Tullow works to restore land to its former state in Turkana.
Tullow is working to restore a previous well site in Turkana to its former state. The site in Emong has undergone ‘plug and abandon’. The drilled hole has been plugged with cement, all equipment has been removed from the site, and the EHS team have now commenced work to restore the land by planting indigenous trees in the area.
Tullow’s EHS team have been involved with the site at Emong since the subsurface team identified a possible drill site and commenced drilling in early 2014. The team studied the environmental and social footprint of the area and recorded information such as who the local residents were, the terrain and vegetation of the natural environment, and trees of particular interest. They also worked with a team of biologists to determine if there were any endangered species in the location. If a species had been identified that was fully dependent on the environment for survival, the whole operation would have been abandoned.
To begin the process of restoring the land, Tullow engaged a local community-based organisation, Apei, who are based in Lokichar Town and primarily plant trees for sale. Working together to study the area, Tullow and Apei developed a plan to plant 400 indigenous trees including Ebei, Edome, Etiir, Ewoi, Ekalale, Emayan, Edapal and Ekunoit, and appointed local people to plant the trees. By using the two metre by two metre spacing method, this was enough to cover the 10 acre Emong site.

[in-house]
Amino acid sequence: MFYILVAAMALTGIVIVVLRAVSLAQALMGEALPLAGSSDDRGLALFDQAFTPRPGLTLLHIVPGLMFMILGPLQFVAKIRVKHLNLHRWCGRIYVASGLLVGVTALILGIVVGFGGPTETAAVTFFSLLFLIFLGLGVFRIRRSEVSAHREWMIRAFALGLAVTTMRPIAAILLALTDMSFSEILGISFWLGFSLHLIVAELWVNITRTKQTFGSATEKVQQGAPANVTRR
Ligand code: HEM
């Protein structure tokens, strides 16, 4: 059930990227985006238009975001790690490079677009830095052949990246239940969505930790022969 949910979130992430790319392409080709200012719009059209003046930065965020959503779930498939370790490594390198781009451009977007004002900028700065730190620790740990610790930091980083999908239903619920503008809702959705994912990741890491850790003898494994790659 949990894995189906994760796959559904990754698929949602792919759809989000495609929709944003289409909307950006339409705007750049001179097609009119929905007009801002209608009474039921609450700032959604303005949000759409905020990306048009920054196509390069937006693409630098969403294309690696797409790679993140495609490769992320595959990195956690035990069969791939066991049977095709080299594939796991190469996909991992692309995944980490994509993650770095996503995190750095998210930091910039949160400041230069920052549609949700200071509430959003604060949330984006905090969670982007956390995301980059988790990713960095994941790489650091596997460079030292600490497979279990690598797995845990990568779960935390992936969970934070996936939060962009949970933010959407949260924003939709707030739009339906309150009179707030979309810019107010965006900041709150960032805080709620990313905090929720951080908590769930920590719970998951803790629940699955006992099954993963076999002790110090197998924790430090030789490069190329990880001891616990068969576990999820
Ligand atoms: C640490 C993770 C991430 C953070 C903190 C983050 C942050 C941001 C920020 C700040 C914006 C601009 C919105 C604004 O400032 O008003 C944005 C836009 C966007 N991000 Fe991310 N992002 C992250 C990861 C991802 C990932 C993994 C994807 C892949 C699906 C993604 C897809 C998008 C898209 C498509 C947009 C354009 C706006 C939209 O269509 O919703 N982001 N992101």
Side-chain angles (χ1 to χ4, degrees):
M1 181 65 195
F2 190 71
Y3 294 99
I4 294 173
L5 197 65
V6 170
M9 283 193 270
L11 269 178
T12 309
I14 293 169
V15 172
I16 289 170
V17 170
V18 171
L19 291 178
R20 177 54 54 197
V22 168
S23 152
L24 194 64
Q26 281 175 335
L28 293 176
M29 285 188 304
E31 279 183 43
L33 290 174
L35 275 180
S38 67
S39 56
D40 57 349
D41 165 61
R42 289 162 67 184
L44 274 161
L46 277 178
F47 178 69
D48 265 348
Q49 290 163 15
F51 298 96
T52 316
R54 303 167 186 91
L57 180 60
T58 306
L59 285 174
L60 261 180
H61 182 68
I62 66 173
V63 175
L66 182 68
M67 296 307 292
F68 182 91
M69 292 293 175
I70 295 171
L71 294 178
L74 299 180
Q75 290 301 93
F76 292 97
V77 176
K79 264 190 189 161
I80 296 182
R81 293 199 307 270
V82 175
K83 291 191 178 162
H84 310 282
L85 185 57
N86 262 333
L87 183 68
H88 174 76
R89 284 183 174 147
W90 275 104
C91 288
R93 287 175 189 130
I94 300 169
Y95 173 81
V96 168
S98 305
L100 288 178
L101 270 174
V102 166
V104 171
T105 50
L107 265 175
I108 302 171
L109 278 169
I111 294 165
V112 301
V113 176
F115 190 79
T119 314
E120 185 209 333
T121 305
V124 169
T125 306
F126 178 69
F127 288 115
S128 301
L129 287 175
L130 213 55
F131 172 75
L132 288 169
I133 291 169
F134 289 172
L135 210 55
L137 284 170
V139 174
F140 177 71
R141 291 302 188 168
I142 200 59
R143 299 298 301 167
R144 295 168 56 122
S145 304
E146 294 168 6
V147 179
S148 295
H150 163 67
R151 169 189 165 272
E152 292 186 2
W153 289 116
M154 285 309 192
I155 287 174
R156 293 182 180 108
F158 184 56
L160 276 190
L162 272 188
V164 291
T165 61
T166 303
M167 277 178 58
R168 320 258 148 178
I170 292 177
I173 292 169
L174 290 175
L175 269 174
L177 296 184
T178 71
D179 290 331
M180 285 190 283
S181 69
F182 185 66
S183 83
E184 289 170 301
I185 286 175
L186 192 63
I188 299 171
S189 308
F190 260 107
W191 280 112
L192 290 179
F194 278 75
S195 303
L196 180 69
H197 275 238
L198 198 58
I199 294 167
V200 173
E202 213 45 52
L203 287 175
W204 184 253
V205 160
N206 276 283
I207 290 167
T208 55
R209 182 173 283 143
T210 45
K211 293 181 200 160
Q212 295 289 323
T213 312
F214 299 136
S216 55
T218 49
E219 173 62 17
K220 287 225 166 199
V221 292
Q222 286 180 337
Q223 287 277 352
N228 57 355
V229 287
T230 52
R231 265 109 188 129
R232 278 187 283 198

For the pastoralist Turkana community, trees are an integral part of the environment. Not only do they provide food and shade for their livestock, they are also a source of firewood. There is also another major benefit. When there is drought, the Ewoi tree produces nuts that are ground by the community into flour. They use it to make ugali. The nuts are referred to as Ng’itet.
The restoration programme will be replicated in other former sites and four locations have been identified - Ekosowan, Etiir, Agete Two and Ekales Three. Work will commence in 2019 and Tullow will continue the partnership with Apei to restore the sites. Once the areas are fully restored, people are free to move in and graze their livestock.
Tullow does not draw any financial benefits from restorations, as Peter Muriuki explains, “Our aim is to purely stick to our environmental commitment by restoring former well sites to the way we found them.”
The original article was written for Ustawi, Tullow’s community magazine for Project Oil Kenya. More information can be found in the current issue of Ustawi – here.